VAULT co-founders Rob Jones and Nigel Eccles.
The IMI 22nd Mar 2023

VAULT projects $10bn market for Digital Music Collectible format

The company completed a $4m Series A funding round in February, with target to rival vinyl sales within 5 years…

VAULT has set a clear target for its Digital Music Collectible (DMC) format, predicting that it will rival vinyl sales in the coming years – and establish itself as a $10 billion industry long term.

VAULT’s DMCs may well have been called NFTs a few months ago. Marketed as “rich-media box sets”, they offer fans exclusive authenticated content from artists such as archival recordings, track-by-track commentary, videos, and voice memos.

The company is also developing its own VAULT protocol – an open and fully decentralized standard for purchasing, playing, and sharing DMCs on third-party apps.

While the frenzy around Non-Fungible Tokens as a buzzword may have waned recently, there’s clearly still appetite for sensible, useful Web3 applications across the music business.

VAULT announced a successful $4m Series A funding round in February, after what it hailed as “a breakthrough six months” in which fans purchased over 3,000 DMCs from singer/songwriter Fletcher.

The Series A round was led by Placeholder VC, an investor in decentralized networks, with additional participation from existing investors AlleyCorp, Bullpen Capital, and Everblue Management. The recent funding brings the company’s total funding amount to $13m.

Speaking to The IMI, Vault’s CEO Nigel Eccles said that the DMC format could soon be as valuable as the billion-dollar vinyl market by incentivising music’s most loyal fanbases.

"Unlike a physical box set, the artist will continue to earn a royalty when a DMC gets re-sold or traded."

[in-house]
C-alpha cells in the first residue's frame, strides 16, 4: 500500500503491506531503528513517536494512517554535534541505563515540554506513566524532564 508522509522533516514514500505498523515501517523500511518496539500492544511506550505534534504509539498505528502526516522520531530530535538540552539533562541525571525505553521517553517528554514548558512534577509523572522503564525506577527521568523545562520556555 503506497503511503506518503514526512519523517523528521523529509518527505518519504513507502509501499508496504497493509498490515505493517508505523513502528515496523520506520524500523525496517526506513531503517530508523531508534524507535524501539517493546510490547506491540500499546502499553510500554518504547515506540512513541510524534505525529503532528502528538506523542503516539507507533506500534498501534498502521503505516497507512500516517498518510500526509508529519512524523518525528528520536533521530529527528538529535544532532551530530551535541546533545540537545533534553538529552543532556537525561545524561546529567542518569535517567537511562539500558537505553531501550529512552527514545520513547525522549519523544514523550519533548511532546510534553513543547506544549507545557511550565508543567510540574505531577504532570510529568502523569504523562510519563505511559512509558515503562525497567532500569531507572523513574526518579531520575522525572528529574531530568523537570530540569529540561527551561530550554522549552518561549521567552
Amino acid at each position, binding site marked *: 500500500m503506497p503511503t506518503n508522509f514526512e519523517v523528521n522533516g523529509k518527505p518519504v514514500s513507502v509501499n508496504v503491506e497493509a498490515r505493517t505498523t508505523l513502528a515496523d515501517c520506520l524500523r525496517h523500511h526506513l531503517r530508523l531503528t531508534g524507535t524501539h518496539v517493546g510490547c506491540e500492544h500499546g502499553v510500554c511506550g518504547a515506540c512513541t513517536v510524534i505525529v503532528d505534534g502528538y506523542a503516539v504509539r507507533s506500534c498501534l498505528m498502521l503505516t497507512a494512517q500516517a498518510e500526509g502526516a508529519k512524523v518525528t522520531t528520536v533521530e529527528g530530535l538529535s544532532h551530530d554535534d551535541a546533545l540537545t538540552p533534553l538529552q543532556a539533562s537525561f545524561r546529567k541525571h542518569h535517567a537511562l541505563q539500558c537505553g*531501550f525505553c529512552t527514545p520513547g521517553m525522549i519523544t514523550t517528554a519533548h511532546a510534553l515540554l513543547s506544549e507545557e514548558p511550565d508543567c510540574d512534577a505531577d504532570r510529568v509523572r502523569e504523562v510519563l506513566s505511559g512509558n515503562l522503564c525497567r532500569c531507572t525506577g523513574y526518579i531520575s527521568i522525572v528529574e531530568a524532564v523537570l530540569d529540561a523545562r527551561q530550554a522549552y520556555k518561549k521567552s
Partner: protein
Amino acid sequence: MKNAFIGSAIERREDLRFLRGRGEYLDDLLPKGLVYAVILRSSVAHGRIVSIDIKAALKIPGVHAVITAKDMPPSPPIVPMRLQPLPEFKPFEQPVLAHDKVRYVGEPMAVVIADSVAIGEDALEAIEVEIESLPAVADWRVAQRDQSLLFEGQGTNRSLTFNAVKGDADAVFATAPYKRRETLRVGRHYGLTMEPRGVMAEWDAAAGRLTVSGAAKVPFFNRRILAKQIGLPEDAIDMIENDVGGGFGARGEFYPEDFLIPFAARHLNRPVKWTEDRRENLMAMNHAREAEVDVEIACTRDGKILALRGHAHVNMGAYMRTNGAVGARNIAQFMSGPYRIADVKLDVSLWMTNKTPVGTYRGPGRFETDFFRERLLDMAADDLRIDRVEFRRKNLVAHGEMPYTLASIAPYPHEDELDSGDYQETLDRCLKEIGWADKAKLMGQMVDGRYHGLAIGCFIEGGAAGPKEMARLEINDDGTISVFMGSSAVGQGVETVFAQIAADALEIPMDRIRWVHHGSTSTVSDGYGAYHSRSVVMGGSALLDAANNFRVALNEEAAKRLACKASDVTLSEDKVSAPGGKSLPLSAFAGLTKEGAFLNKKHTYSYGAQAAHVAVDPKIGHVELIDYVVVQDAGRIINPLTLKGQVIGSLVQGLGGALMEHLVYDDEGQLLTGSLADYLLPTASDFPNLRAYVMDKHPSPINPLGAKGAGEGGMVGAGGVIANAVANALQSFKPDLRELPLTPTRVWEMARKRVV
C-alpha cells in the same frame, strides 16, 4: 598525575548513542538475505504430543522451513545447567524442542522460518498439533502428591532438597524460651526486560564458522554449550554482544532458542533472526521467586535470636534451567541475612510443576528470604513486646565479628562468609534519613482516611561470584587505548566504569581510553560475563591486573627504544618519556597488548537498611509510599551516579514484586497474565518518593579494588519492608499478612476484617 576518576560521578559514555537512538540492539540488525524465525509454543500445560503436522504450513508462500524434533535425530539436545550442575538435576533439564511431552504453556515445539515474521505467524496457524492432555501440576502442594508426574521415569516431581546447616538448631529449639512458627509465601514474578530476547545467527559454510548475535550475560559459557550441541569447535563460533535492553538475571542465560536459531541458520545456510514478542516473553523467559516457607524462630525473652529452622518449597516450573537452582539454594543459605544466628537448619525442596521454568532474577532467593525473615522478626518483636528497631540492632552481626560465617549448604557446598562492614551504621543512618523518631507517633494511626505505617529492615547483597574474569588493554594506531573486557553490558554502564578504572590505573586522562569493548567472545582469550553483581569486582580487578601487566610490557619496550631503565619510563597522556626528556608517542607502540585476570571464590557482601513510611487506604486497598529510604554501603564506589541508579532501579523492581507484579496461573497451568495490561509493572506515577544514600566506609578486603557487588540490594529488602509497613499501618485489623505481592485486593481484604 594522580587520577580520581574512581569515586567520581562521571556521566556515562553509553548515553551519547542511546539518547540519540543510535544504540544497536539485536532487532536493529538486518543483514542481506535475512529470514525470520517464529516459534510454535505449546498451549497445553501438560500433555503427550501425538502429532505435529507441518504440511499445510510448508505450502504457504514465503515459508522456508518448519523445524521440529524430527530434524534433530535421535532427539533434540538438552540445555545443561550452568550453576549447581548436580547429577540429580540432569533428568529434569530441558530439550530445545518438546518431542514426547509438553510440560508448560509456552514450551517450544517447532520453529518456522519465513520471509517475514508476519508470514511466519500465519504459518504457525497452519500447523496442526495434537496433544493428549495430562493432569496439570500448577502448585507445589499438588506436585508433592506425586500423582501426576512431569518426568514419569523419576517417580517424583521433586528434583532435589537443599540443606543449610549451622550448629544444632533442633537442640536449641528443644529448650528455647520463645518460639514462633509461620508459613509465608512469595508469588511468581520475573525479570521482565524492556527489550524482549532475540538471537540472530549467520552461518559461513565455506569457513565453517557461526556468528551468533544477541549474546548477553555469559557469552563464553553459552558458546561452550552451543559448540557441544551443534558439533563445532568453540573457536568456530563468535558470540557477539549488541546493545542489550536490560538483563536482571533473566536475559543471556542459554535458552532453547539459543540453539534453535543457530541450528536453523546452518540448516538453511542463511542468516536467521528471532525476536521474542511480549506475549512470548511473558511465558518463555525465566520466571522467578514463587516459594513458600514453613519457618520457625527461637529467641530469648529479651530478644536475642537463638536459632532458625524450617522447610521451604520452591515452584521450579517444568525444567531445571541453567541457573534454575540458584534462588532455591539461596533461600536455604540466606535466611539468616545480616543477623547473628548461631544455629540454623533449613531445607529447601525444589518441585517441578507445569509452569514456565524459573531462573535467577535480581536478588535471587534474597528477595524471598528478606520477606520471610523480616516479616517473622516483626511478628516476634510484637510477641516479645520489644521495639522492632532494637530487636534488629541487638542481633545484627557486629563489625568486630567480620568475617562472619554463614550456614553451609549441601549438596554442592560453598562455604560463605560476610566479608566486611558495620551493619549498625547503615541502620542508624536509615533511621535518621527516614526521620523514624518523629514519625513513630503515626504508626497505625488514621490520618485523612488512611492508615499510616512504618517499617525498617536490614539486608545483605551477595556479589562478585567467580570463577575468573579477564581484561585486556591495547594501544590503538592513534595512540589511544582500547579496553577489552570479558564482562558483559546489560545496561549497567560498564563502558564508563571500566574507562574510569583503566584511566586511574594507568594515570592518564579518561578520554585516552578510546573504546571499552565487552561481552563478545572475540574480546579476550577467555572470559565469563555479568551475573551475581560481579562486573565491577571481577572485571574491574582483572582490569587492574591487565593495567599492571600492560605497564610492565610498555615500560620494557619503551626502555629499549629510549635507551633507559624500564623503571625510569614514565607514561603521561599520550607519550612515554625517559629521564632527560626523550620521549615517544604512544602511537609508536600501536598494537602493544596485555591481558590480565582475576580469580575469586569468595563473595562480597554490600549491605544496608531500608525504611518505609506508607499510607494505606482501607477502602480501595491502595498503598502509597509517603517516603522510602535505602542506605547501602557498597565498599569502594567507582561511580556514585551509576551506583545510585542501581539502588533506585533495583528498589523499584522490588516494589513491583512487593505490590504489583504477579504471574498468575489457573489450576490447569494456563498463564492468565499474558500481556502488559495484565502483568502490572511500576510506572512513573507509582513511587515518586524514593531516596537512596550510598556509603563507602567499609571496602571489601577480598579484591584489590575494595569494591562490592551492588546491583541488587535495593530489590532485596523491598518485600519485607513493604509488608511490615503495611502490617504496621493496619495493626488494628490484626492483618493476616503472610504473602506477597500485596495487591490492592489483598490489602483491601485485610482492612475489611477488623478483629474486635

“Within five years we expect the VAULT DMC format to rival vinyl sales, a $1 billion market,” he said. “Longer term, we see this as a $10B+ market. From 2001 to 2021 the recorded music industry in North America dropped from $22 billion to $12 billion, a loss of $10 billion. That drop nearly all came from a reduction of spend from top decile fans. The DMC format is a way to reclaim that lost market.

To date, the company has sold 5,000 DMCs in total, with artists themselves getting 70% of revenue, plus 10% of any secondary sales.

Unlike physical box sets, however, artists will continue to earn a royalty when a DMC is resold or traded.

“Unlike a physical box set, the artist will continue to earn a royalty when a DMC gets re-sold or traded,” Eccles pointed out. “That’s a win-win for both the fan and the musician.”

When asked about how independent artists in particular can make the most of the DMC format, Eccles suggested: “Dropping DMCs gives independent musicians the tools to stay independent and build a living directly with their fans. If artists can go direct to fans, then there’s no more waiting for the right time to drop to game the algorithm.”

Looking ahead, VAULT is hoping to establish partnerships with both major labels and independent music companies to scale the DMC format globally.

A huge part of our vision is our open protocol, which allows music fans to play DMCs on any website, application, or music player supported by the VAULT protocol,” said Eccles. “We are also exploring partnerships with DSPs and distributors, who can implement the VAULT format to offer upsells and unique drops to their users.”